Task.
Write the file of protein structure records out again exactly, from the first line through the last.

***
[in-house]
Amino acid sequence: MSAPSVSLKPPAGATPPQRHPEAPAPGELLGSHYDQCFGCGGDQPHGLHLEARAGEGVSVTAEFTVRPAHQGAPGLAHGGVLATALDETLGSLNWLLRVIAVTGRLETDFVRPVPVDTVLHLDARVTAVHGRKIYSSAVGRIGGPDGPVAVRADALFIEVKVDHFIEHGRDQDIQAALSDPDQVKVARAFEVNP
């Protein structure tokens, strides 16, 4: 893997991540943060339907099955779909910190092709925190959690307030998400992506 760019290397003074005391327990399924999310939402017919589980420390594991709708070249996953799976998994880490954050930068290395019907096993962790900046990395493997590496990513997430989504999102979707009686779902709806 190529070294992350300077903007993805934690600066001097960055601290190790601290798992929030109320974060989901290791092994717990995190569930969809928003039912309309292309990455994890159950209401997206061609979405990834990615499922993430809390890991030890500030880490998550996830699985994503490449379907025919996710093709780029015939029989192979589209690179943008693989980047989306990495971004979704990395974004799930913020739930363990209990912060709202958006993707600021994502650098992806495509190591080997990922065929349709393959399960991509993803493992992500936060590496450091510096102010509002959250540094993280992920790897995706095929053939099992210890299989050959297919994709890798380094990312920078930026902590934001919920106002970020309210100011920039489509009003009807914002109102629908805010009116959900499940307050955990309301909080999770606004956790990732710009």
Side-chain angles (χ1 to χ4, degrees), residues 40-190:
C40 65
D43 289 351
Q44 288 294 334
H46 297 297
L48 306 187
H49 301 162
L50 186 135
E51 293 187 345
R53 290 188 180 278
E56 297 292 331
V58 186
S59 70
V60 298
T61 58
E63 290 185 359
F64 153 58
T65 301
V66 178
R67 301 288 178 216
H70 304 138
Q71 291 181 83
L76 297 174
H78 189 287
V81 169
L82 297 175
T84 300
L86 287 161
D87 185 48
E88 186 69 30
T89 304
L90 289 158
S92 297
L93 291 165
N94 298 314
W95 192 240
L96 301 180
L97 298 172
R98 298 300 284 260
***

[in-house]
Amino acid sequence: MSAPSVSLKPPAGATPPQRHPEAPAPGELLGSHYDQCFGCGGDQPHGLHLEARAGEGVSVTAEFTVRPAHQGAPGLAHGGVLATALDETLGSLNWLLRVIAVTGRLETDFVRPVPVDTVLHLDARVTAVHGRKIYSSAVGRIGGPDGPVAVRADALFIEVKVDHFIEHGRDQDIQAALSDPDQVKVARAFEVNP
């Protein structure tokens, strides 16, 4: 893997991540943060339907099955779909910190092709925190959690307030998400992506 760019290397003074005391327990399924999310939402017919589980420390594991709708070249996953799976998994880490954050930068290395019907096993962790900046990395493997590496990513997430989504999102979707009686779902709806 190529070294992350300077903007993805934690600066001097960055601290190790601290798992929030109320974060989901290791092994717990995190569930969809928003039912309309292309990455994890159950209401997206061609979405990834990615499922993430809390890991030890500030880490998550996830699985994503490449379907025919996710093709780029015939029989192979589209690179943008693989980047989306990495971004979704990395974004799930913020739930363990209990912060709202958006993707600021994502650098992806495509190591080997990922065929349709393959399960991509993803493992992500936060590496450091510096102010509002959250540094993280992920790897995706095929053939099992210890299989050959297919994709890798380094990312920078930026902590934001919920106002970020309210100011920039489509009003009807914002109102629908805010009116959900499940307050955990309301909080999770606004956790990732710009």
Side-chain angles (χ1 to χ4, degrees), residues 40-190:
C40 65
D43 289 351
Q44 288 294 334
H46 297 297
L48 306 187
H49 301 162
L50 186 135
E51 293 187 345
R53 290 188 180 278
E56 297 292 331
V58 186
S59 70
V60 298
T61 58
E63 290 185 359
F64 153 58
T65 301
V66 178
R67 301 288 178 216
H70 304 138
Q71 291 181 83
L76 297 174
H78 189 287
V81 169
L82 297 175
T84 300
L86 287 161
D87 185 48
E88 186 69 30
T89 304
L90 289 158
S92 297
L93 291 165
N94 298 314
W95 192 240
L96 301 180
L97 298 172
R98 298 300 284 260